There are a bunch of tools in this directory and elsewhere for making slides.
The current recommendation (2005/5) is to use Dave Raggett's slideshow tool HTML Slidy, with its accompanying style sheet. If you are a member of the W3C staff, you must add a W3C icon. Some reasons for doing it this way:
Some example talks of various vintages:
It should include the following:
For W3C staff members, talks must include the W3C icon. The head of the document will therefore include altogether:
There are more details on the HTML Slidy page.
If yours slides are on the www.w3.org server, make the paths relative such as ../../../2005/03 and so on, so they can be used in checked out CVS file space.
Each slide has to be wrapped in
<div class="slide"> ...
If you have an existing talk using the earlier slideme tools, then
you use the
,slideme comma tool to convert it automatically.
Just append ",slideme" after "all.htm" for your slideme base file.
Alternatively, you can do a global change of all
</div><div class="slide"><h1> and then fix up
the first and last slides by deleting the extra
the top and putting in the missing one at the bottom.
This can be done. You just have to be careful to preserve the divs. You can move slides around, by pressing ESC until you have a whole slide selected, cutting it, and then pasting it in between two slides (i.e. not in a div). Note that if you accidentally put text in which is not in a slide division, it will appear in all slides!
The b6+ script can be used both on slide sets where each slide is enclosed in an element with class=slide (the format required by Slidy and Shower) and slide sets where each slide simply starts at an H1 element (the format of slidemaker & slideme).
To use the b6+ script, include something like the following:
<link href="../Tools/Shower3-1/slides.css" rel=stylesheet> <script src="../Tools/b6plus/b6plus.js"></script>
There is also a b6 style sheet, which is the slide style for W3C's MMI and Mobile activities:
<link href="../Tools/b6/b6.css"> rel=stylesheet media=projection>
The b6+ script is an enhanced version of the b6 script, which is in turn an improved version of b5. B5 works on older browsers (before 2012). b6 uses some newer CSS features. B6+ is like b6, but adds compatibility (within limits) with style sheets written for the Shower framework. It also adds the possibility to make slides with a fixed aspect ratio (i.e., independent of the projector).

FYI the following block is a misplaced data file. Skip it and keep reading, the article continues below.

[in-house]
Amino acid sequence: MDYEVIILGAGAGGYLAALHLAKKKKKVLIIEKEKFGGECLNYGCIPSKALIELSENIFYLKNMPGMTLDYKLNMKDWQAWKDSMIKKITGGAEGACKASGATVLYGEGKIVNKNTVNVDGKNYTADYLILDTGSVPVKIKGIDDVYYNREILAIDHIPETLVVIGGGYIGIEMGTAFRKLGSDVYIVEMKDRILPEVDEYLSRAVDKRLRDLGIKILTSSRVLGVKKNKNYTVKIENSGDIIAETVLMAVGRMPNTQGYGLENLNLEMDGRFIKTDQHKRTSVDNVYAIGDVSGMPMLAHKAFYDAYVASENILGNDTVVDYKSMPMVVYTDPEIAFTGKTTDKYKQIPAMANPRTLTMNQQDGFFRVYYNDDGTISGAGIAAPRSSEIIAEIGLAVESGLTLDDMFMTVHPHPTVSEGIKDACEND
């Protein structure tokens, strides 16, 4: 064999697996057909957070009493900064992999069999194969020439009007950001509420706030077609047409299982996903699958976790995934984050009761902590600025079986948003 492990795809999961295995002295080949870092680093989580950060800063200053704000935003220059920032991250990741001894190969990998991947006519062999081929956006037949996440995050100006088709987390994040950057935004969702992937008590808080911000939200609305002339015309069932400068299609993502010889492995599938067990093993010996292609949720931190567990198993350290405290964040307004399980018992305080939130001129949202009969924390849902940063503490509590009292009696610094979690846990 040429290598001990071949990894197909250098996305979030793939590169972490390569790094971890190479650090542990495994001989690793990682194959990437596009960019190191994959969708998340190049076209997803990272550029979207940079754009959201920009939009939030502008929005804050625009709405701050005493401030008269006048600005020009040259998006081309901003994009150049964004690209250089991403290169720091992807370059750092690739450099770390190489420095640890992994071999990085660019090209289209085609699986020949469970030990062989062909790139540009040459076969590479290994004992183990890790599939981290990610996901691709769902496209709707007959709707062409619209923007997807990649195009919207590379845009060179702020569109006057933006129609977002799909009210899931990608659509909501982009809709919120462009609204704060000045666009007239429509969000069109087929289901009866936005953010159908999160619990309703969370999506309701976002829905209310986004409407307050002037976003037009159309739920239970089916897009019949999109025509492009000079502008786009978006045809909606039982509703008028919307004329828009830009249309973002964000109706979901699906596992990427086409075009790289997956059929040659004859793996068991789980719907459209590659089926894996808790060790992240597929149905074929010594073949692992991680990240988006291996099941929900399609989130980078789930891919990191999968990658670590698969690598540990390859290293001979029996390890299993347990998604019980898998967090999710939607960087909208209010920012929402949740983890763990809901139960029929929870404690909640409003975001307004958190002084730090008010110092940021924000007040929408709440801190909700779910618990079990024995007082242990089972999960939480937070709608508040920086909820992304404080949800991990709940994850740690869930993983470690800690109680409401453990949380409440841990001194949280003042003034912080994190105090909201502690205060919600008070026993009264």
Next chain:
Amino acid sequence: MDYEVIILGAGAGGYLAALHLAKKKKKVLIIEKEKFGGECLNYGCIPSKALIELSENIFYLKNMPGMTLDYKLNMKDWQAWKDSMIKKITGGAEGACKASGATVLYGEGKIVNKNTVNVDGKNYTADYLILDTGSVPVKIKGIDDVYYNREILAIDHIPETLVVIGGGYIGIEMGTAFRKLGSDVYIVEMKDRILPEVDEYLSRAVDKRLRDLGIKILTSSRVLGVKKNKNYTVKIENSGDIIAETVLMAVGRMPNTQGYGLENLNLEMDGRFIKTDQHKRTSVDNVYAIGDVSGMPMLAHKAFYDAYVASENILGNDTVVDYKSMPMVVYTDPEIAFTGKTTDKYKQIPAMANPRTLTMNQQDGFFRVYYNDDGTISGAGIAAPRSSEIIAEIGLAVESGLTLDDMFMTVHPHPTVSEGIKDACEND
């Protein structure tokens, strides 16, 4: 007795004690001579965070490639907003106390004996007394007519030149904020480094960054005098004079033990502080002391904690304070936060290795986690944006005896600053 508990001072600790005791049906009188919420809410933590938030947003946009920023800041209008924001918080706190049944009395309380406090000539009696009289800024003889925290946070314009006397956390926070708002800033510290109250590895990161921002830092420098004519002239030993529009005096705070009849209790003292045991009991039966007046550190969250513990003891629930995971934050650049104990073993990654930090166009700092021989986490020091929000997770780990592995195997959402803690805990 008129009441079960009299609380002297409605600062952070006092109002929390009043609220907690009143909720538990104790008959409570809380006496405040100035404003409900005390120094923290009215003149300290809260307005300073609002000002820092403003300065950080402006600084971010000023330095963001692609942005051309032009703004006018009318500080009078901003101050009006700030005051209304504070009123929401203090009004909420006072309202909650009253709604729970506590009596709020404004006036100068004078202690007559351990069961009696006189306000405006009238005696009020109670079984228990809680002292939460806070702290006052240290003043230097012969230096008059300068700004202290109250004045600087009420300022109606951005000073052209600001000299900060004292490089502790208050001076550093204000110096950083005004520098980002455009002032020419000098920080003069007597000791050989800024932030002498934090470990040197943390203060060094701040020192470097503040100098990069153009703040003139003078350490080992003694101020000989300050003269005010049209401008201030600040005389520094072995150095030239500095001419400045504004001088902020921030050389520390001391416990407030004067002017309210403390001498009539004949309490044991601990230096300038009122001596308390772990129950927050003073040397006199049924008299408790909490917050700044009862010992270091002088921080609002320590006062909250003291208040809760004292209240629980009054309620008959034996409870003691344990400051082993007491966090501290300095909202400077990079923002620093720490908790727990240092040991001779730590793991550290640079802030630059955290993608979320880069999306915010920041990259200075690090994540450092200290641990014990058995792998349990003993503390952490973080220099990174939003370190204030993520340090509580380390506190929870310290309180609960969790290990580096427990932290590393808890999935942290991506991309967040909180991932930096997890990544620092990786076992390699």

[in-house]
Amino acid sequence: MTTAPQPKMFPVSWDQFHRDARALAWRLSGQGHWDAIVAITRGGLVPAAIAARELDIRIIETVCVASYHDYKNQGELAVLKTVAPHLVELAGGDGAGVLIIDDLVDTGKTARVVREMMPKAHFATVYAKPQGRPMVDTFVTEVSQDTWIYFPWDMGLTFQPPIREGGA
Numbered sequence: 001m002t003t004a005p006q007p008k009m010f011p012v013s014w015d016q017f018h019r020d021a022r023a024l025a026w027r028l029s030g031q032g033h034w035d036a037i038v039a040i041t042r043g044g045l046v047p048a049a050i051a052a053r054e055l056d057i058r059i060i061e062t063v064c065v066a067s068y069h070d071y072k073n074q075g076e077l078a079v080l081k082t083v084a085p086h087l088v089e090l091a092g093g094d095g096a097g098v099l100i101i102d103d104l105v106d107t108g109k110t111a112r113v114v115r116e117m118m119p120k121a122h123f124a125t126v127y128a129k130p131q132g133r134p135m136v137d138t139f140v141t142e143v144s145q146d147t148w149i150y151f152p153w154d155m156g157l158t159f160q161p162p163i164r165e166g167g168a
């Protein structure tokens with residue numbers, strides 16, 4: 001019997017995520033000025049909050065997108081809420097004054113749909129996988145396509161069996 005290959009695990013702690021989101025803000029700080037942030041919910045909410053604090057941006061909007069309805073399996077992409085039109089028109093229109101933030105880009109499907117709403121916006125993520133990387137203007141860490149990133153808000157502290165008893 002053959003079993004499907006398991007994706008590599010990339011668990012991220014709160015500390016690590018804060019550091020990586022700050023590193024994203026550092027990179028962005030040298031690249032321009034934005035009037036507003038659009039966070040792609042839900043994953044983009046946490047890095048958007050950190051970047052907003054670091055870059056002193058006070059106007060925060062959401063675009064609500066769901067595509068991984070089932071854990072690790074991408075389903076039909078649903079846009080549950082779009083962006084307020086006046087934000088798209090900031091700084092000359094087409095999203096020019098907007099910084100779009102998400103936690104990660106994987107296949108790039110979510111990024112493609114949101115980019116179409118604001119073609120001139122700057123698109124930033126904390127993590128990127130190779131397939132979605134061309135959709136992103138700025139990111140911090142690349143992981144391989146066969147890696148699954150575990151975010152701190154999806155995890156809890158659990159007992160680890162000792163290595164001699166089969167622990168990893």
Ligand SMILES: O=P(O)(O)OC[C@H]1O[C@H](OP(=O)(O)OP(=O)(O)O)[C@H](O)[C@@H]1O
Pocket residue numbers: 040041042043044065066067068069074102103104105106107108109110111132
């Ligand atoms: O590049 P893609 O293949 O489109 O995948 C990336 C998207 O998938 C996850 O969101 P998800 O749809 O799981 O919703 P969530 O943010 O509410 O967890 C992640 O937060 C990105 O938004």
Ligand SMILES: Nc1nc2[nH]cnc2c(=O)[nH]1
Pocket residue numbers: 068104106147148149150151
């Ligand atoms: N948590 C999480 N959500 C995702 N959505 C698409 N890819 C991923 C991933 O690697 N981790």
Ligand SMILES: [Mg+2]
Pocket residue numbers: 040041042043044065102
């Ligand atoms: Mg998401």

Some examples of b6 in use: CEO Overview [member only] (Jeff, 2018, design by Tanya Mandal), A handful of typographic challenges (Bert, 2014, white on black), Complex layouts (Bert, 2012, different colors).
The traditional W3C style for slides consists of three style sheets:
There must be no DIV around the slides and each H1 starts a new slide. See “How to make slides with the W3C style” for documentation.
For more info, see the documentation on slidemaker and the documentation on slideme. (Slideme is a version of slidemaker that is only available to the W3C Team.)
Shower is an HTML5 presentation engine made by Vadim Makeev (Opera Software). It comes with two built-in themes and was used for Jeff's presentations at the AC Meeting 2014 to a good response and later at TPAC 2018 with a style based on the TPAC 2018 pages.
We have a generic template for W3C presentations and an alternative with humaaans figures that use Shower version 3.1. They include some predefined classes for common types of slides, slide transitions, a user manual and a zip file for offline use. (In case you need older versions, here are the same using Shower 3.0 and Shower 2.)
You can also use the b6+ script with the same style sheet and the same HTML files.
Note: in Shower version 2, incremental display doesn't work when presenting slides from local files. Use a newer version of Shower or b6+.
There is also an older style, based on the built-in ribbon style of Shower:
In fact, a copy of the shower code, including the W3C style, has also been placed into
/2014/shower/, and the
index-w3c.html has also been added to show the HTML code and as a starting point. That means another way of using shower is to use
<script src="/2014/shower/shower/shower.min.js"> (at the very end of the file). Using this approach means that one can save the trouble of copying the whole shower library all the time, although be aware that it may not be the latest version.
Reveal.js is another HTML5 presentation engine, made by Hakim El Hattab. It comes with a selection of themes and has fancy slide transitions. It also allows you to move slides vertically rather than just horizontally. There are two W3C themes — light and dark.
"css/theme/w3c.css", depending on which theme you prefer.
There is also a copy of reveal.js at
/2013/06/revealjs/ which can be used to avoid re-uploading the core files, but be aware that it may not be the latest version.
The Comm team developed a PowerPoint template for the Busdev team in 2018. You can see a list of examples and variations [team-only]. Ask the Comm team for usage instructions.
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